Audit: Poor management, training at troubled state parks dept.
Published: Friday, December 21, 2012 at 5:09 p.m.
Last Modified: Friday, December 21, 2012 at 5:09 p.m.
SACRAMENTO— Poor management and insufficient training at the California Department of Parks and Recreation led to a scandal in which parks officials hid $54 million as state parks faced millions of dollars in cutbacks, an audit released Friday said.
For 19 years, parks staff intentionally under-reported funds used by the governor's office to craft the state budget, the audit by the state Department of Finance said.
"We found the methodology was inconsistent, parks staff could not provide reasonable explanations, and supporting documentation was not retained," the audit stated.
Parks Director Ruth Coleman resigned and a senior parks official was terminated last summer after it was revealed that some employees kept $54 million hidden in two special funds. The funds were kept hidden even as local governments and nonprofit organizations contributed money to keep open 70 parks that faced closure in July because of budget cuts.
Friday's audit did not say why the department reported different numbers to the state controller and the governor's office. The attorney general is investigating and the audit was released just days after the controller found that managers overpaid parks employees more than $500,000 over a three-year period.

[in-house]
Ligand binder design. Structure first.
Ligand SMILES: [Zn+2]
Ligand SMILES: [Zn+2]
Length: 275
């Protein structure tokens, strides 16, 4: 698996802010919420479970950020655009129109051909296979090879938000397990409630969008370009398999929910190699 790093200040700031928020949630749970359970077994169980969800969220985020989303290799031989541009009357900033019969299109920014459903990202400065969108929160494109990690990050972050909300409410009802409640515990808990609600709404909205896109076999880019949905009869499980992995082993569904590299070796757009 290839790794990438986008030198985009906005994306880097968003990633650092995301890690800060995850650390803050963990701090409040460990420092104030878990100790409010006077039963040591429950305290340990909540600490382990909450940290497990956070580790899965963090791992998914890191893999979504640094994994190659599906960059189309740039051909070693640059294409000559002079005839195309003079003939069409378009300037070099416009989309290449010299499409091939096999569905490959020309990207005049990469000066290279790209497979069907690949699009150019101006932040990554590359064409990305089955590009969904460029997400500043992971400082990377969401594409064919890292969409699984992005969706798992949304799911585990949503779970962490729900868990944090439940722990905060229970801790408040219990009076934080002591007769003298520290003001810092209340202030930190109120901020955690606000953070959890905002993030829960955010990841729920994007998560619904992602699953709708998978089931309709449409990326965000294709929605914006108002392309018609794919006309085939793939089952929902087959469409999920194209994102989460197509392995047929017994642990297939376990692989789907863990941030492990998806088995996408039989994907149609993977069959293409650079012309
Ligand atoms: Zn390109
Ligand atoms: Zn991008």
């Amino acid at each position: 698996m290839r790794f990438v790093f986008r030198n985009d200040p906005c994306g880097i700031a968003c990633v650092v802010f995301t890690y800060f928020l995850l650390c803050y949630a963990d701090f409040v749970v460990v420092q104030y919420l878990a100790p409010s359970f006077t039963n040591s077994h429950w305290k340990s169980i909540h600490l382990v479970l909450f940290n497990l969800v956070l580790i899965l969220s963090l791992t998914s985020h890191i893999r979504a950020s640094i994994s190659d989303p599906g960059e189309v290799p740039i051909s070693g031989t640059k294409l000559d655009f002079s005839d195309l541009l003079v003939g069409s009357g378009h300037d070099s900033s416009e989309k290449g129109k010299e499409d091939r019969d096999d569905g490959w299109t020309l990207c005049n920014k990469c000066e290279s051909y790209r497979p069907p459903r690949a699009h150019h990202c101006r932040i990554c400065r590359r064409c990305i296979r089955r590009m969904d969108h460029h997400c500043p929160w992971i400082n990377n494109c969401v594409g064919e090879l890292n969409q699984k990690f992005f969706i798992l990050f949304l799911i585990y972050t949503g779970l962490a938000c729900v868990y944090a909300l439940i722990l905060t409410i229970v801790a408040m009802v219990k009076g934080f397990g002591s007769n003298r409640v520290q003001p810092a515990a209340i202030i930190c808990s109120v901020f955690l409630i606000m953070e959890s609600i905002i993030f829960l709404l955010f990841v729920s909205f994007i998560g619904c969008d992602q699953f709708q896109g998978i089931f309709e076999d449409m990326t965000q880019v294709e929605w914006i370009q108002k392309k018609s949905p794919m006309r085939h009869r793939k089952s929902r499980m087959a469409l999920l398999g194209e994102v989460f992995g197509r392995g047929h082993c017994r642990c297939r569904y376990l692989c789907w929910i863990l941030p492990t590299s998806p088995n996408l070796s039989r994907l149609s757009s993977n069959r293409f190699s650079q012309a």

"Parks must improve accountability, transparency, and communication to restore trust with the public," the audit stated.
In a written response, new parks director Anthony Jackson agreed with most of the audit's findings and said he is implementing better internal controls.
The department has 60 days to complete a corrective action plan.
The audit also found that parks staff failed to track donations and employees made improper charges on state-issued credit cards.
Auditors found that donations sometimes lacked supporting letters specifying what the money should be used for. Three of six $100,000 donations or larger were accepted without authorization, the report found.
The audit also found $3.9 million in the State Park Contingent Fund that had no assigned purpose, including $1.5 million that has "remained dormant while earning interest since at least 2004."
Finance found park employees made some unallowable purchases such as paying for state park internet and memberships to associations.
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